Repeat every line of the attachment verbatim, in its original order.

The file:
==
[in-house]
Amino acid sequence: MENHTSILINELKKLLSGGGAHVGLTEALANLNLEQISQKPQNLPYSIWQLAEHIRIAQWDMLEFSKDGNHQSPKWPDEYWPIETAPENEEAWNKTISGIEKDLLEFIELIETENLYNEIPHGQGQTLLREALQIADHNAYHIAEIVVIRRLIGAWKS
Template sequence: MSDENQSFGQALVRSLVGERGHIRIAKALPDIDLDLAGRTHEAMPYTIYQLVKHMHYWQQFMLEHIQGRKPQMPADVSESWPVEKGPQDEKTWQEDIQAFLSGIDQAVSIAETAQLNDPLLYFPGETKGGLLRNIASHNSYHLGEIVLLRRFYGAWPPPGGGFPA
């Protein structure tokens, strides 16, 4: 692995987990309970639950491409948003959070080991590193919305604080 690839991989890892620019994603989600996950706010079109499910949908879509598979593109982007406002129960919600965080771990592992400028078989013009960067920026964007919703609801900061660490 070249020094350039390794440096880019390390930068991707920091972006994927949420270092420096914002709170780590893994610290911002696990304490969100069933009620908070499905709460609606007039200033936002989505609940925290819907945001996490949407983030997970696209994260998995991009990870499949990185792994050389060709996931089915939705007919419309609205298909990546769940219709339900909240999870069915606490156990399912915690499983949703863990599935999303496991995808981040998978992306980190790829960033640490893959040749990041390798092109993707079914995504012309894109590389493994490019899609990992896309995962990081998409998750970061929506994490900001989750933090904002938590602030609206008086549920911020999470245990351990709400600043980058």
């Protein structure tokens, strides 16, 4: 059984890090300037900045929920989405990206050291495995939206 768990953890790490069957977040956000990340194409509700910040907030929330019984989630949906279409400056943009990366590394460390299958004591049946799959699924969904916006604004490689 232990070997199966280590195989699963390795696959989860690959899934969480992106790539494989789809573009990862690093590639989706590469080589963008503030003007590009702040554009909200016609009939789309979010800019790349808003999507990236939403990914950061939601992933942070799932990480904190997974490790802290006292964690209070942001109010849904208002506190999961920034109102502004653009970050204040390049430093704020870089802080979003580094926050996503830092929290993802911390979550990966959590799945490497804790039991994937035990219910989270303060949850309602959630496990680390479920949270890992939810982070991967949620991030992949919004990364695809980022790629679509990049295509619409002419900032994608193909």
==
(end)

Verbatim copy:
[in-house]
Amino acid sequence: MENHTSILINELKKLLSGGGAHVGLTEALANLNLEQISQKPQNLPYSIWQLAEHIRIAQWDMLEFSKDGNHQSPKWPDEYWPIETAPENEEAWNKTISGIEKDLLEFIELIETENLYNEIPHGQGQTLLREALQIADHNAYHIAEIVVIRRLIGAWKS
Template sequence: MSDENQSFGQALVRSLVGERGHIRIAKALPDIDLDLAGRTHEAMPYTIYQLVKHMHYWQQFMLEHIQGRKPQMPADVSESWPVEKGPQDEKTWQEDIQAFLSGIDQAVSIAETAQLNDPLLYFPGETKGGLLRNIASHNSYHLGEIVLLRRFYGAWPPPGGGFPA
């Protein structure tokens, strides 16, 4: 692995987990309970639950491409948003959070080991590193919305604080 690839991989890892620019994603989600996950706010079109499910949908879509598979593109982007406002129960919600965080771990592992400028078989013009960067920026964007919703609801900061660490 070249020094350039390794440096880019390390930068991707920091972006994927949420270092420096914002709170780590893994610290911002696990304490969100069933009620908070499905709460609606007039200033936002989505609940925290819907945001996490949407983030997970696209994260998995991009990870499949990185792994050389060709996931089915939705007919419309609205298909990546769940219709339900909240999870069915606490156990399912915690499983949703863990599935999303496991995808981040998978992306980190790829960033640490893959040749990041390798092109993707079914995504012309894109590389493994490019899609990992896309995962990081998409998750970061929506994490900001989750933090904002938590602030609206008086549920911020999470245990351990709400600043980058």
């Protein structure tokens, strides 16, 4: 059984890090300037900045929920989405990206050291495995939206 768990953890790490069957977040956000990340194409509700910040907030929330019984989630949906279409400056943009990366590394460390299958004591049946799959699924969904916006604004490689 232990070997199966280590195989699963390795696959989860690959899934969480992106790539494989789809573009990862690093590639989706590469080589963008503030003007590009702040554009909200016609009939789309979010800019790349808003999507990236939403990914950061939601992933942070799932990480904190997974490790802290006292964690209070942001109010849904208002506190999961920034109102502004653009970050204040390049430093704020870089802080979003580094926050996503830092929290993802911390979550990966959590799945490497804790039991994937035990219910989270303060949850309602959630496990680390479920949270890992939810982070991967949620991030992949919004990364695809980022790629679509990049295509619409002419900032994608193909």